Lee Willis, a courageous survivor, told a sad tale of being abused by his father and later by day-care workers. They were only the first. Until he was 16, he was molested many times.
He wrote this (and I have his permission to quote it): "Once we're abused, it seems that we wear the mark for other perps to see." His comments make it clear that something happens when we're abused—something that preying individuals sense, even if family members or friends don't.
I gained insight on that recently while I was working on Stolen: The True Story of a Sex Trafficking Survivor, a book with Katariina Rosenblatt on human trafficking. Kat escaped from traffickers three times and now works with federal authorities to help other girls and boys, who are victimized as she was.
In relating the account of her first traffickers, Kat had been molested by her father and sexually abused by older children. She was recruited by a woman named Mary who befriended her.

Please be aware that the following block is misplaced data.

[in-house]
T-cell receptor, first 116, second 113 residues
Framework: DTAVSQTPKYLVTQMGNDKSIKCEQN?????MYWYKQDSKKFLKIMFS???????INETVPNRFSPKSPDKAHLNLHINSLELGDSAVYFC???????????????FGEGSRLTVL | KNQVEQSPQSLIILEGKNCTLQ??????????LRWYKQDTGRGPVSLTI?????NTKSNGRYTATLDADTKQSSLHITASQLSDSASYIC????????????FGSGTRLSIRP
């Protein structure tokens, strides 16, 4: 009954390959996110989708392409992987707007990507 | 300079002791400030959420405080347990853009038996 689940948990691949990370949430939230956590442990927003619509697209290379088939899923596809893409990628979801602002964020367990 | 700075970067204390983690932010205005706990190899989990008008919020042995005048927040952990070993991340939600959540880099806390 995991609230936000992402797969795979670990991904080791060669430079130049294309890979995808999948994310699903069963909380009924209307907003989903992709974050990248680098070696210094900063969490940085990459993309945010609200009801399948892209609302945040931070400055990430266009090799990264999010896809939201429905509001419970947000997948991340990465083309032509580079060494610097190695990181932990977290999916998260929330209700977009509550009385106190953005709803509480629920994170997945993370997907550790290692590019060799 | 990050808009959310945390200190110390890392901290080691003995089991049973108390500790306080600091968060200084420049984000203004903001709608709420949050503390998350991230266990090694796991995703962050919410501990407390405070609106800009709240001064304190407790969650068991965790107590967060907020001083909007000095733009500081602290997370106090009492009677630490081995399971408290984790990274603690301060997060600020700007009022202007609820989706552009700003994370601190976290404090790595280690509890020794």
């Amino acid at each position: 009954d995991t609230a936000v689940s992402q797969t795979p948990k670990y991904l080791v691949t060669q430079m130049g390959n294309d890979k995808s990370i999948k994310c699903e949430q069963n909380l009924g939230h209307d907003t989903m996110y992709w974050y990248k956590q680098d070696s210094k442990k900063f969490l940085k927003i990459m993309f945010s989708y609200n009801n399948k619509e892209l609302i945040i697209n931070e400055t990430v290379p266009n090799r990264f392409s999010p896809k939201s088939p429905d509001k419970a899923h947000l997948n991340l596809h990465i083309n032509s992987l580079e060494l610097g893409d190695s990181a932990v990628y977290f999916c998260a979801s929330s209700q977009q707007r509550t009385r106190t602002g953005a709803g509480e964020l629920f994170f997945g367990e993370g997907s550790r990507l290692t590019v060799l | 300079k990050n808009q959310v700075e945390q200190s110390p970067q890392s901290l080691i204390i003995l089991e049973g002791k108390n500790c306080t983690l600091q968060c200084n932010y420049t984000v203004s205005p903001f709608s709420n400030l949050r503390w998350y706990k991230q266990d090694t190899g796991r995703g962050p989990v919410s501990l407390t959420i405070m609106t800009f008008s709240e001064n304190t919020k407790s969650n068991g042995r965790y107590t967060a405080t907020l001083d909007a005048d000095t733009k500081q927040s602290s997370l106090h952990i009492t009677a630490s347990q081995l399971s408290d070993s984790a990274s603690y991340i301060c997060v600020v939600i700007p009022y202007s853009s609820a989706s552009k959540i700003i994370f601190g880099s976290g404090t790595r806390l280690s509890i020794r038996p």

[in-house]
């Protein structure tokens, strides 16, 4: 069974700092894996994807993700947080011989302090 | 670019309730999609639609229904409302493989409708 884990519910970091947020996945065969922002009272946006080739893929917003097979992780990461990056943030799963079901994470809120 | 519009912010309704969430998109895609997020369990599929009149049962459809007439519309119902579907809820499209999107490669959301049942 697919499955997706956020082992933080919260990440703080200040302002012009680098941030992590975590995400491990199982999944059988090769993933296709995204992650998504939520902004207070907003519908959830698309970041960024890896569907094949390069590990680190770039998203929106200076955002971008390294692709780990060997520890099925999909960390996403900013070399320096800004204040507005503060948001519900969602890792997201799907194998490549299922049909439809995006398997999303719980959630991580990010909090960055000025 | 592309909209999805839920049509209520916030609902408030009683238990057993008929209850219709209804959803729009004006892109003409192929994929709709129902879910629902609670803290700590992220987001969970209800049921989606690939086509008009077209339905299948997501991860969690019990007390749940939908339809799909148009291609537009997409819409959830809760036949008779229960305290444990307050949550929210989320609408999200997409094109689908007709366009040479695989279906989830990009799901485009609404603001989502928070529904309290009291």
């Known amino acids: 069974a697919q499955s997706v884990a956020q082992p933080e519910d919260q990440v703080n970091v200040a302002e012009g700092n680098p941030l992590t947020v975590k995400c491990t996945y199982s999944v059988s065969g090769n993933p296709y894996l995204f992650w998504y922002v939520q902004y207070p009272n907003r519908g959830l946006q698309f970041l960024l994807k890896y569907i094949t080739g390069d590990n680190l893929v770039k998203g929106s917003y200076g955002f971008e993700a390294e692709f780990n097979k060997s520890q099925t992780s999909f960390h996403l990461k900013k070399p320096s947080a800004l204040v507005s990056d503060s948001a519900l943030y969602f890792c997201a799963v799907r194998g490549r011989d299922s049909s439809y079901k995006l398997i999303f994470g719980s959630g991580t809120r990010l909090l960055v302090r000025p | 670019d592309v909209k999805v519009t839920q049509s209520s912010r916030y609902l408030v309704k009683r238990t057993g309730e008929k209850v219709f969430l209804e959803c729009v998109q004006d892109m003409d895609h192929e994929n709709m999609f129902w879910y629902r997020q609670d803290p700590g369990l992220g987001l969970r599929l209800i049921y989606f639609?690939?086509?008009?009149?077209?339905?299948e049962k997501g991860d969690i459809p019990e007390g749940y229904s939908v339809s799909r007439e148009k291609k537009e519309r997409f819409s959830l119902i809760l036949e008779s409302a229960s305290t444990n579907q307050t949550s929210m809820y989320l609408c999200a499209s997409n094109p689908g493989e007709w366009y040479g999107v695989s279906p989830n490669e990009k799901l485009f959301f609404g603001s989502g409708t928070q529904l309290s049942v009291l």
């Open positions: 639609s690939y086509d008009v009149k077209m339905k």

Looking back, I now know she chose me even before she talked to me. I'm sure she spotted the longing in my eyes and the loneliness that I projected out of my hurts and agony. As I would learn later, when we're chosen, they watch us before they target us. They especially seek the lonely and abused children who display their vulnerability by the way they walk, their clothes, general demeanor, or the helplessness in their eyes. They sense their lack of family support or their susceptibility. Only later could I see that my own identity was fragile and distorted. Then I would realize she had chosen me because she knew I was defenseless and lonely.So, yes, Lee, we were marked—and vigilant perps watched us and they knew. But as we heal, those markings disappear. They're replaced by our inner peace, self-assurance, and the knowledge that we're no longer "just survivors." We are overcoming the pain of our childhood. And most of all, we finally like ourselves.